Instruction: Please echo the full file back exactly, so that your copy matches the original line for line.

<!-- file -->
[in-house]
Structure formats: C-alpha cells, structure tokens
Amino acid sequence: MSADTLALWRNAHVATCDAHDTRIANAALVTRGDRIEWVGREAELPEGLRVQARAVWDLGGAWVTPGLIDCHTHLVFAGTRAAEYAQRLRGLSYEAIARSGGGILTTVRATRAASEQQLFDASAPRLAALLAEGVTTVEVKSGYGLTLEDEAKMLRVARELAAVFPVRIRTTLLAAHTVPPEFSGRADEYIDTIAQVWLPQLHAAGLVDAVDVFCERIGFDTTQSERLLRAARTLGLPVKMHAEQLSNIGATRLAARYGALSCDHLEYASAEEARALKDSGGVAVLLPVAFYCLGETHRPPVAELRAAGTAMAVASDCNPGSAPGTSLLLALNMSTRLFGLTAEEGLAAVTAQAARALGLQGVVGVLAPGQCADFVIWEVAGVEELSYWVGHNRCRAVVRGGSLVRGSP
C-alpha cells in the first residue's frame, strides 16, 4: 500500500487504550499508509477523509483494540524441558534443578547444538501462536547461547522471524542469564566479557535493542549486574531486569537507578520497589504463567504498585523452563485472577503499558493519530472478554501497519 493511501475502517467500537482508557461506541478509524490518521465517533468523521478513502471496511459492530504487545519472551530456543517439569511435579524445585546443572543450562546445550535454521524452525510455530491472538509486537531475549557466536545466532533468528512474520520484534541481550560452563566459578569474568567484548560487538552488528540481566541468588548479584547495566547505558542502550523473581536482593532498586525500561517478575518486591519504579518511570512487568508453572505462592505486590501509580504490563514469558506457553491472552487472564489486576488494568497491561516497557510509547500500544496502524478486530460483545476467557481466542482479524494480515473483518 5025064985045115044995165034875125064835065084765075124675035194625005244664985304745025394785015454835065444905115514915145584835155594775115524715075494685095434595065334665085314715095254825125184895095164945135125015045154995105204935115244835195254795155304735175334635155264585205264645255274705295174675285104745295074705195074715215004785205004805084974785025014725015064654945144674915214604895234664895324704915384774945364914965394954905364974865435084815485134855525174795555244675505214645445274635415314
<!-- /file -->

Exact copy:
[in-house]
Structure formats: C-alpha cells, structure tokens
Amino acid sequence: MSADTLALWRNAHVATCDAHDTRIANAALVTRGDRIEWVGREAELPEGLRVQARAVWDLGGAWVTPGLIDCHTHLVFAGTRAAEYAQRLRGLSYEAIARSGGGILTTVRATRAASEQQLFDASAPRLAALLAEGVTTVEVKSGYGLTLEDEAKMLRVARELAAVFPVRIRTTLLAAHTVPPEFSGRADEYIDTIAQVWLPQLHAAGLVDAVDVFCERIGFDTTQSERLLRAARTLGLPVKMHAEQLSNIGATRLAARYGALSCDHLEYASAEEARALKDSGGVAVLLPVAFYCLGETHRPPVAELRAAGTAMAVASDCNPGSAPGTSLLLALNMSTRLFGLTAEEGLAAVTAQAARALGLQGVVGVLAPGQCADFVIWEVAGVEELSYWVGHNRCRAVVRGGSLVRGSP
C-alpha cells in the first residue's frame, strides 16, 4: 500500500487504550499508509477523509483494540524441558534443578547444538501462536547461547522471524542469564566479557535493542549486574531486569537507578520497589504463567504498585523452563485472577503499558493519530472478554501497519 493511501475502517467500537482508557461506541478509524490518521465517533468523521478513502471496511459492530504487545519472551530456543517439569511435579524445585546443572543450562546445550535454521524452525510455530491472538509486537531475549557466536545466532533468528512474520520484534541481550560452563566459578569474568567484548560487538552488528540481566541468588548479584547495566547505558542502550523473581536482593532498586525500561517478575518486591519504579518511570512487568508453572505462592505486590501509580504490563514469558506457553491472552487472564489486576488494568497491561516497557510509547500500544496502524478486530460483545476467557481466542482479524494480515473483518 5025064985045115044995165034875125064835065084765075124675035194625005244664985304745025394785015454835065444905115514915145584835155594775115524715075494685095434595065334665085314715095254825125184895095164945135125015045154995105204935115244835195254795155304735175334635155264585205264645255274705295174675285104745295074705195074715215004785205004805084974785025014725015064654945144674915214604895234664895324704915384774945364914965394954905364974865435084815485134855525174795555244675505214645445274635415314